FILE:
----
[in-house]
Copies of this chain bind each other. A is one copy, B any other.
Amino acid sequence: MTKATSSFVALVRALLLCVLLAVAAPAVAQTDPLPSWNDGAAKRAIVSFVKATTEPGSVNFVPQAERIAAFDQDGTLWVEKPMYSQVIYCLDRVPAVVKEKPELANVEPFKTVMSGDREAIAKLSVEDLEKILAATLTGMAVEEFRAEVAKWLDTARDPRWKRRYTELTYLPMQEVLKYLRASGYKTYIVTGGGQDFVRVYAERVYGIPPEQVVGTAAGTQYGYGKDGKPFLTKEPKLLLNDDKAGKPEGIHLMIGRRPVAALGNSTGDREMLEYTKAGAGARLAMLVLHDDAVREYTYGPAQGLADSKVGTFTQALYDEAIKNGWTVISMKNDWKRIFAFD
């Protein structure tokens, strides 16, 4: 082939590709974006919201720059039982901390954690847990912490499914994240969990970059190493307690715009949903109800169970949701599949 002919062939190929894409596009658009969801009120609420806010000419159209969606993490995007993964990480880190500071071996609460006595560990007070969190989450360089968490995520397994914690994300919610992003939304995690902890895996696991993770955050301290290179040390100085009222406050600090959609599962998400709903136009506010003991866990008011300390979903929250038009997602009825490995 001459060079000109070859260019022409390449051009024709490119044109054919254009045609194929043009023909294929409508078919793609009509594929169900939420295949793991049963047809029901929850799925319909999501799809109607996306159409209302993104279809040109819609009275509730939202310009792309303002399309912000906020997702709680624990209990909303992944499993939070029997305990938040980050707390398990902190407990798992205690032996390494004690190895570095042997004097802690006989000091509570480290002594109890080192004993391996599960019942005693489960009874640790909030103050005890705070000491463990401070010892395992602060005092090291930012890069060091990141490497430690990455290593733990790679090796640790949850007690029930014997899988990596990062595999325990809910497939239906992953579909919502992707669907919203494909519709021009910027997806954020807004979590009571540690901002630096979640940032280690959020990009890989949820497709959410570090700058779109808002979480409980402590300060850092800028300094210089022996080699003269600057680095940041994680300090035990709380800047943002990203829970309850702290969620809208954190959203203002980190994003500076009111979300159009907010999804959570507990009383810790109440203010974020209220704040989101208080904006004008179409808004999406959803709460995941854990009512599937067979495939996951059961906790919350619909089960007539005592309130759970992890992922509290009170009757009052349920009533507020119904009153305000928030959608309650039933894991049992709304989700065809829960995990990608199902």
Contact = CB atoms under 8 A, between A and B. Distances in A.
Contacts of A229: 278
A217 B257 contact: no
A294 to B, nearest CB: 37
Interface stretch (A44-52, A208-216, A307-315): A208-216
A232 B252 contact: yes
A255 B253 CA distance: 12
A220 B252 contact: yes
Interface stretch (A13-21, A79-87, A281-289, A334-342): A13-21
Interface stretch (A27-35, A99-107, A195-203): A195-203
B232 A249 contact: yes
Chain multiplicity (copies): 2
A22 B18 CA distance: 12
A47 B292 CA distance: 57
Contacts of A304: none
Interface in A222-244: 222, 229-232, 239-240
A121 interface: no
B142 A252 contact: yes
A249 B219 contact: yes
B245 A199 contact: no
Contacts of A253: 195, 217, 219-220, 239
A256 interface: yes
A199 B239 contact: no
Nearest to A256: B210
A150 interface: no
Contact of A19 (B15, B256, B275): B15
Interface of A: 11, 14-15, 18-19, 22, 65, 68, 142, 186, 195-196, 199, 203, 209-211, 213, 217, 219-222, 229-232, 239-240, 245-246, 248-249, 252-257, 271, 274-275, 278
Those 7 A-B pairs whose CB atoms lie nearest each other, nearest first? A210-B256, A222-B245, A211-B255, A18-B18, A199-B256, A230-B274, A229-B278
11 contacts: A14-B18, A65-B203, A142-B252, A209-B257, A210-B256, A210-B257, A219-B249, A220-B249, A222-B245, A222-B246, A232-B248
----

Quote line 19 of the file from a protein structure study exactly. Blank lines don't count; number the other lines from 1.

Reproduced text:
Contacts of A304: none